"Big Four" Highlights


 

The Other 58%

New survey questions some standard stereotypes about millennials

By Jason Godin

Demographic data about today’s 18 to 29-year-olds – more commonly called the millennial generation – is open to easy stereotypes. Ethnically and racially diverse. Highly educated. Extremely optimistic despite high debt levels and employment obstacles. Digital natives with transparent, integrated social networks, as well as low levels of religious affiliation.

Yet these general labels are now worth questioning, if we follow the findings of a new survey on millennial digital identity and behavior.

Carat, a London-based global media marketing company, recently published internal analytical research on 14,000 millennials aged 15-34 in a report titled “The Millennial Disconnect.” Using self-reported attitudinal, motivational and media receptivity data, the survey found that the approximately 85 million millennials globally fell into four specific – and surprising – profiles.

The August 2015 issue of Advertising Age summarized the survey by categorizing millennials in the following way:

“Trend-Netters” (42%) – This is the conventional view of millennials, who the report defined as “digital extroverts spreading trends and experiences.” The group constantly uses “devices to review, endorse and share” and likes “brands that communicate luxury and status.” They are “fashionable, pop culture-savvy and impulse driven.”

“Alter-Natives” (23%) – This cohort is composed of the “non-conformist digital native” defined by acute privacy awareness. These millennials “only want to share with select people” and “only let us know what they wanted us to know,” feeling “comfortable online on their own terms.” They largely “live at home with parents, use older gadgets and prefer transparent brands.”

“Lifeprenuers” (19%) – This group establishes boundaries for the sake of balancing work, home and health, and is labeled as “old world with a twist.” They use coupons, liking brands both reliable and practical, and prove unafraid with “stepping away” from technology.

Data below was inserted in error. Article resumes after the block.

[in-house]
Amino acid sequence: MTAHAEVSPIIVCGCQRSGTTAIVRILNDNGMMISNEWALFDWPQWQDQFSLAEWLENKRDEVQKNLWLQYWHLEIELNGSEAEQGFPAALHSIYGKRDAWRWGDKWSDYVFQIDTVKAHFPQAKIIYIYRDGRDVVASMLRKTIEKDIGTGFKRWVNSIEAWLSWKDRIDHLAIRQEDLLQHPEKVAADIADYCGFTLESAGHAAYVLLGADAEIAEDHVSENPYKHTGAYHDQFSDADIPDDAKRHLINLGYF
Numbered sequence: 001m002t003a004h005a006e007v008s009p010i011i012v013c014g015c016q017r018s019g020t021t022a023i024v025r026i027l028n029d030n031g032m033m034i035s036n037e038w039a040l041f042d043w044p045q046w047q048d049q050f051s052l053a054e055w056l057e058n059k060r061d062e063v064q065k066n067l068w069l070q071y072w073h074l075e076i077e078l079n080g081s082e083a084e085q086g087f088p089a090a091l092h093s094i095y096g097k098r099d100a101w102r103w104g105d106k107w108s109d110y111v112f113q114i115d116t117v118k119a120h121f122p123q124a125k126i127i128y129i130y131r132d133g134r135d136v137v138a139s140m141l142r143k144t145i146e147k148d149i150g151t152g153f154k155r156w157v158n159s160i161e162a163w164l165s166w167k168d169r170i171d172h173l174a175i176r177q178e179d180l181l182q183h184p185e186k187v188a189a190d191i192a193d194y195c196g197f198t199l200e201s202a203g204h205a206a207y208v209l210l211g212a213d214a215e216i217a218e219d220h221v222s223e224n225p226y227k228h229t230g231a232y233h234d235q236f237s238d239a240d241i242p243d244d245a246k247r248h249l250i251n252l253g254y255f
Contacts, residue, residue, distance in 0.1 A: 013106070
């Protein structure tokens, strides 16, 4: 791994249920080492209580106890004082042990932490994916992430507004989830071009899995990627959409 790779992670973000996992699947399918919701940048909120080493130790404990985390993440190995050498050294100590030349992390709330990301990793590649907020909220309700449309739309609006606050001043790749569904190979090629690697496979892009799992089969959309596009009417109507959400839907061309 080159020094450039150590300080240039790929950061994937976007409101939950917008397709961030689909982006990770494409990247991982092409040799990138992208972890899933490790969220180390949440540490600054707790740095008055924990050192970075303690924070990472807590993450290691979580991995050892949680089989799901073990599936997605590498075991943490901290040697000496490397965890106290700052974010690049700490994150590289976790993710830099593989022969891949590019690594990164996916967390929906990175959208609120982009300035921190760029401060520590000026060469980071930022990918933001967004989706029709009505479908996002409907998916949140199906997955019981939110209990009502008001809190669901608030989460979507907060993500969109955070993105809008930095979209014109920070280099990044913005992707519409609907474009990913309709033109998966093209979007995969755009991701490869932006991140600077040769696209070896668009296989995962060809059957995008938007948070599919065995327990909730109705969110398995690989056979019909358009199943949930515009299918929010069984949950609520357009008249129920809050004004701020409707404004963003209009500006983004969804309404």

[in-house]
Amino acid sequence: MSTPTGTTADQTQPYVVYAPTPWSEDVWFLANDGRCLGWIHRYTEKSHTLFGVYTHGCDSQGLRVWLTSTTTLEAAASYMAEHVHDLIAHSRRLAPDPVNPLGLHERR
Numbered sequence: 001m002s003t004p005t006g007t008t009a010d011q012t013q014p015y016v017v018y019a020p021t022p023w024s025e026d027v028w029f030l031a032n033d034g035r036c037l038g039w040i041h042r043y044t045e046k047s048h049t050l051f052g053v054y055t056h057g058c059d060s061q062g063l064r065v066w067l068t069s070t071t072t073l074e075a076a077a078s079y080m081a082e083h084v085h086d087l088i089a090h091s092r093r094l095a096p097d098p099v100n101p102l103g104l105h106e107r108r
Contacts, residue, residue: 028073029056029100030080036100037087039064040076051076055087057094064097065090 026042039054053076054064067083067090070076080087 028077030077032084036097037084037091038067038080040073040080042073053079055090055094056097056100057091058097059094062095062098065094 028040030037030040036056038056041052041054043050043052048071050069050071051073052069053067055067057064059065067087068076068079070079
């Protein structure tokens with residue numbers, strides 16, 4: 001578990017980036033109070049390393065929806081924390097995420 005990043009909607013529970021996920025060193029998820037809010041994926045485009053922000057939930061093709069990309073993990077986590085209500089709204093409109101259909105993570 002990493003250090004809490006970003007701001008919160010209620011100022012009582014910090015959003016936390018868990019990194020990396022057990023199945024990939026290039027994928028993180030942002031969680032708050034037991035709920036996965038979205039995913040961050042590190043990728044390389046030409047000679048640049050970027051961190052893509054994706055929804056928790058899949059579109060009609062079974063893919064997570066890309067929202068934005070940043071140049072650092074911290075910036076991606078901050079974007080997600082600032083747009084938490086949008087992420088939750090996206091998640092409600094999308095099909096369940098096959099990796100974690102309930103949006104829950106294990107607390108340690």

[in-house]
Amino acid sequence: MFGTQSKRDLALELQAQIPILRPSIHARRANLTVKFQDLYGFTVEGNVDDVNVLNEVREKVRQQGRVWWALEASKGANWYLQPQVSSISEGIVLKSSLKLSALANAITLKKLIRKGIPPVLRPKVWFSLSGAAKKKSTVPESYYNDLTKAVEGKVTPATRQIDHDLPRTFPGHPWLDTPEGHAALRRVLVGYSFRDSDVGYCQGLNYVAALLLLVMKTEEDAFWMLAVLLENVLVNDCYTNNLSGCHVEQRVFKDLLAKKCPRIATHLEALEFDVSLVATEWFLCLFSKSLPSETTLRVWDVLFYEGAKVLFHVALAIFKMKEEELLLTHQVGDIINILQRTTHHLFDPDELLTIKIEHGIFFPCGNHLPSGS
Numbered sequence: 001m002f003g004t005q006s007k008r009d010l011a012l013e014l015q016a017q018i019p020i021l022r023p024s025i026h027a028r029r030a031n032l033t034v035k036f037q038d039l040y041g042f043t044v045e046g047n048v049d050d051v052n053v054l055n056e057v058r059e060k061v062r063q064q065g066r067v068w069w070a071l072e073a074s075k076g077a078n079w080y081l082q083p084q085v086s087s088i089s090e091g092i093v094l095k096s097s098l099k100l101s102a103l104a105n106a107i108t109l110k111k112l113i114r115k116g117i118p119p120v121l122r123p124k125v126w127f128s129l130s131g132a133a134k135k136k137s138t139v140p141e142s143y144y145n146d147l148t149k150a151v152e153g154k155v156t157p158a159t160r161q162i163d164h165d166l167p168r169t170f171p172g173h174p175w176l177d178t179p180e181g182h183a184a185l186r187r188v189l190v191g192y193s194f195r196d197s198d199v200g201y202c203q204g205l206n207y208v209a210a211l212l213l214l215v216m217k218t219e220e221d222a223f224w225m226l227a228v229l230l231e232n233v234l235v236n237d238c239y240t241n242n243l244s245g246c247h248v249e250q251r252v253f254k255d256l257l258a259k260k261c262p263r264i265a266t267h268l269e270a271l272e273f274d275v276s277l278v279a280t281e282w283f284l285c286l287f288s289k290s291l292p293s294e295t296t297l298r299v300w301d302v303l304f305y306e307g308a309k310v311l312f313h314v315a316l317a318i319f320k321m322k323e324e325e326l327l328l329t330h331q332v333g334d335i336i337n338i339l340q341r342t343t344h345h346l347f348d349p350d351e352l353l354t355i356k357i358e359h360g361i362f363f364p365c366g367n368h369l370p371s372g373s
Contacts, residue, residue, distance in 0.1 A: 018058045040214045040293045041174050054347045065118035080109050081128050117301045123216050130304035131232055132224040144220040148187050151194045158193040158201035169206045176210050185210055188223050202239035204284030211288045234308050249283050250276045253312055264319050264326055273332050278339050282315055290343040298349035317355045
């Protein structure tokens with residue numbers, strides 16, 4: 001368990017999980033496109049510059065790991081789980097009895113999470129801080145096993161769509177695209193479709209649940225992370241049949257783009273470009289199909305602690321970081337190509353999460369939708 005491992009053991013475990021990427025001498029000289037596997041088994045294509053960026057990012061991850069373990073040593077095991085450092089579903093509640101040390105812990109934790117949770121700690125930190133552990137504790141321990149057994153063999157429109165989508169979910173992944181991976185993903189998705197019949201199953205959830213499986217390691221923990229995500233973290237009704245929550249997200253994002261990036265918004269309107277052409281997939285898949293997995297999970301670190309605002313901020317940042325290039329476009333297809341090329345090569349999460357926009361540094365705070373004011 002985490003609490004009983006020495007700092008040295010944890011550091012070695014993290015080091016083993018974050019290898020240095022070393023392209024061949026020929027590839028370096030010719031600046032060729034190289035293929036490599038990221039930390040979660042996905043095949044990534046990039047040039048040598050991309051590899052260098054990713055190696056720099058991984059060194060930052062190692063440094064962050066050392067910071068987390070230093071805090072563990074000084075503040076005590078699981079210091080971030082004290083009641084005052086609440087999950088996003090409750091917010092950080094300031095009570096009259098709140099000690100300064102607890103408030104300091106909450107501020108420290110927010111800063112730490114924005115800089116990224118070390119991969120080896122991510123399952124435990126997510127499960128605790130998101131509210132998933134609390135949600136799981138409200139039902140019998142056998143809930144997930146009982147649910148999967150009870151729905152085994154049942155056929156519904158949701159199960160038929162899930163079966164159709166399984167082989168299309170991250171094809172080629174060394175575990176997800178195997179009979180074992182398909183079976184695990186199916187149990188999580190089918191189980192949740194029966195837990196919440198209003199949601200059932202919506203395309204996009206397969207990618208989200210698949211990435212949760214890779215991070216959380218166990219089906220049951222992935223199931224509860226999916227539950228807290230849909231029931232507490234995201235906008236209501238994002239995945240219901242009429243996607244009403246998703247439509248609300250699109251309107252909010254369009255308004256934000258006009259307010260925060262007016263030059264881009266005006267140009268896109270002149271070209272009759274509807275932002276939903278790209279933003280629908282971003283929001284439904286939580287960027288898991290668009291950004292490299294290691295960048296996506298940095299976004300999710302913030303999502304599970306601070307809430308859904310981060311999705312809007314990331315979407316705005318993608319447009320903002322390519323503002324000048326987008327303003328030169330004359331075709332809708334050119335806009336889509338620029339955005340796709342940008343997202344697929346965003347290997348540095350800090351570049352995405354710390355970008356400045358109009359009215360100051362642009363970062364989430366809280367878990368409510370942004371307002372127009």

“BetaBlazers” (16%) – The last group detailed by the report were “trendsetters with an adventurous spirit,” who read “high-brow and niche publications” with diverse viewpoints.” “They’re really the ones that are about story-driven brands.”

It seems to me that there’s more than business marketing value to the Carat report findings. They introduce an opportunity to reimagine future forecasts on organized religious affiliation. Consider perceiving millennials less as “Trend-Netters” and more as “Alter-Natives,” “Lifeprenuers” and “BetaBlazers” – collectively the other 58% or approximately 49 million surveyed by Carat. Would that perspective change the overall outlook about our success or failure in passing the teachings and traditions of the Catholic Church on to millennials?

It would, by moving us a bit away from a sense of catastrophic crisis to a view of careful confidence. To echo St. Peter: “In this you rejoice, although now for a little while you may have to suffer through various trials” (1 Peter 1:6).

Earlier this year Pew Research reported just 16% of U.S. millennials identified themselves as Catholic in 2014 – suggesting a time of trial ahead, to be sure. But the latest survey numbers from Carat open opportunities to talk about the ton of other twenty- and thirty-somethings who do identify with Catholicism. A numerical minority today may convince them that it just isn’t worth all the effort to say “yes” to religious creed and conviction on their social media profiles, to quickly reject old institutions for new trends.  

Let us dare to do different. Let us start constructing a faith-filled culture with Catholic millennials, in a spirit of hope and love, so we can rejoice tomorrow with a majority that says otherwise.

Jason Godin is managing editor of Fathers for Good.